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PEOPLE STATE NEW YORK v. LEROY DAVIS (12/11/69)

SUPREME COURT OF NEW YORK, APPELLATE DIVISION, FIRST DEPARTMENT


December 11, 1969

THE PEOPLE OF THE STATE OF NEW YORK, RESPONDENT,
v.
LEROY DAVIS, APPELLANT

Concur -- Eager, J. P., Tilzer, Markewich, McNally and Steuer, JJ.

We conclude that there is no merit to the defendant's contention that the court below erred in admitting into evidence the statements of the defendant made to the police following his arrest. There was a pretrial hearing held before the court on the defendant's motion to exclude the statements. We find that the evidence establishes beyond a reasonable doubt that, prior to questioning, the defendant was warned by the police that he had a right to remain silent; that anything he said could be used against him; that he had a right to have an attorney; and that if he could not afford an attorney, one would be obtained to represent him. The defendant was asked if he understood these warnings, and he replied that he did. His statements to the police, as introduced in evidence, were voluntary; they were understandingly and intelligently given following the proper warnings. We conclude that the defendant knowingly and intelligently waived his constitutional right to counsel and his privilege against self incrimination, within the meaning of the decision of Miranda v. Arizona (384 U.S. 436) and that the motion to suppress the statements was properly denied.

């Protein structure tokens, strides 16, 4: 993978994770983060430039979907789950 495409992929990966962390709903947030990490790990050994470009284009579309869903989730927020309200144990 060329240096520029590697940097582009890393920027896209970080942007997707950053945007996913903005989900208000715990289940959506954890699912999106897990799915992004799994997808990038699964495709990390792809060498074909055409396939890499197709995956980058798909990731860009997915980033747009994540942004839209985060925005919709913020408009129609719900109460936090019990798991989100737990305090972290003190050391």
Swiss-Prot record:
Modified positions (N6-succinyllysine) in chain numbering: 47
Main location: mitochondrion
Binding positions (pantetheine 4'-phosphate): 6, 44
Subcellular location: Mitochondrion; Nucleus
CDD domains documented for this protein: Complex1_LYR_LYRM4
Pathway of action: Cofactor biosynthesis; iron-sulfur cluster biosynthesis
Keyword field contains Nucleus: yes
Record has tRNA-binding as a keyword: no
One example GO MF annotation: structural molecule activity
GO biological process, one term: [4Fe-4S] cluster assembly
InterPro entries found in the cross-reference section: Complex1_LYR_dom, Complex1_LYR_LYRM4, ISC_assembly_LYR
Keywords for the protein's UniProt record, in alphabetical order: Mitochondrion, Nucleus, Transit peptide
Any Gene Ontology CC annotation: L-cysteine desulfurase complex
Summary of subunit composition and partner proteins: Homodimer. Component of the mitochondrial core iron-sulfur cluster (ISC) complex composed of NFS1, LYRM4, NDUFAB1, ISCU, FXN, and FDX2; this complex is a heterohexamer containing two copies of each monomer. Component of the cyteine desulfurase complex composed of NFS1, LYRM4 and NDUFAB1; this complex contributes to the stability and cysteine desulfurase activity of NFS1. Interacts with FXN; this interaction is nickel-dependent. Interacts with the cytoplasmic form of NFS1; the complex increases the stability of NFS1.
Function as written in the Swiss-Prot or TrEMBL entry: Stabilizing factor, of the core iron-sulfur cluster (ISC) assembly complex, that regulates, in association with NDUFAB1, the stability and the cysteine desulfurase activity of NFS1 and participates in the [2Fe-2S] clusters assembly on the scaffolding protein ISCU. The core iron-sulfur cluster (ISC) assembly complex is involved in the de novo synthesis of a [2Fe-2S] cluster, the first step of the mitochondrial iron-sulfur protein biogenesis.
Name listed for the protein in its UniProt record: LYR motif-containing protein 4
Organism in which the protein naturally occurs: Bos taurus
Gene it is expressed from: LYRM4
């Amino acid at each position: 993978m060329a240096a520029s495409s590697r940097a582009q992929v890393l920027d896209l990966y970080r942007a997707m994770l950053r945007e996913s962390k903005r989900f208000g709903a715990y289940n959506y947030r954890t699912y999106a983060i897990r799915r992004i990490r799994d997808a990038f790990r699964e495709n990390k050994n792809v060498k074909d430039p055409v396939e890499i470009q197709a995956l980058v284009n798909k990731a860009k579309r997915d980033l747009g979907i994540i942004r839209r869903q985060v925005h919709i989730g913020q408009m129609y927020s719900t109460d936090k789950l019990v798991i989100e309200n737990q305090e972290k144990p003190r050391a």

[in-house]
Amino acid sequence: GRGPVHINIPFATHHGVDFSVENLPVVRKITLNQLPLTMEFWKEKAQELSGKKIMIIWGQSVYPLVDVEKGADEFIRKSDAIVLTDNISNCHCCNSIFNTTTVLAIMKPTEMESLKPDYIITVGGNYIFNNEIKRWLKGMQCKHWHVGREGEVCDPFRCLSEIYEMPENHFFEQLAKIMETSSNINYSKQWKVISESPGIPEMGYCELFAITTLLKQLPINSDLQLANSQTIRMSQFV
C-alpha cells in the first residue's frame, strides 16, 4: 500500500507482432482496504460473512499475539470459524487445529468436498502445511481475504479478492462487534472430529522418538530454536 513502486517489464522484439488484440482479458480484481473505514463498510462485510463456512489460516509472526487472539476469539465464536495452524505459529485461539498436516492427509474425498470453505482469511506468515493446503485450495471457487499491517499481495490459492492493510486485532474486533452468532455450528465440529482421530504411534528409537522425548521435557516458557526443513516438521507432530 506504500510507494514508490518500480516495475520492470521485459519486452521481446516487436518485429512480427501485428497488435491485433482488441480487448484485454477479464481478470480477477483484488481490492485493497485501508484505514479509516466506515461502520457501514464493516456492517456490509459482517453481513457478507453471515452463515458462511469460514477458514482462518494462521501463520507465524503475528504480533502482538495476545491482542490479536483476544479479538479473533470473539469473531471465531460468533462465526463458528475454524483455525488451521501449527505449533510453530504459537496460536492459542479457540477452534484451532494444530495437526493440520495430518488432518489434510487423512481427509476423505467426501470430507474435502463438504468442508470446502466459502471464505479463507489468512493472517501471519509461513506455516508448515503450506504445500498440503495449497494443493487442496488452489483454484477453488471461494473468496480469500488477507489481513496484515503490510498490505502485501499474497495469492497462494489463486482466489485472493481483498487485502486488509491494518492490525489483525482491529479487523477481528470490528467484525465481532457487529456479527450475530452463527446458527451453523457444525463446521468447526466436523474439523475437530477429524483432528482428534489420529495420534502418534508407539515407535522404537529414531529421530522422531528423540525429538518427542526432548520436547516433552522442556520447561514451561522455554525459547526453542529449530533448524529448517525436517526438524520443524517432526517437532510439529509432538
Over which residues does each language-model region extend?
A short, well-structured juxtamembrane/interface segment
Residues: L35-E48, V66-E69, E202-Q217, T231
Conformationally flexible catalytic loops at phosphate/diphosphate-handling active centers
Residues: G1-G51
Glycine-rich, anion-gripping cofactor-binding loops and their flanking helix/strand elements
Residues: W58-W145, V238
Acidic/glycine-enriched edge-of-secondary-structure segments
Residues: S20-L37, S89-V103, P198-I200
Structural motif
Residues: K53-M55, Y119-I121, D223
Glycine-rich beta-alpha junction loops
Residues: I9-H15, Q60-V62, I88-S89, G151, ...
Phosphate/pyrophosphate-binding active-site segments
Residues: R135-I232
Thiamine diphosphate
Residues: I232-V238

Disposition

Judgment of conviction of defendant of two counts of assault in the second degree unanimously affirmed.

19691211

© 1998 VersusLaw Inc.



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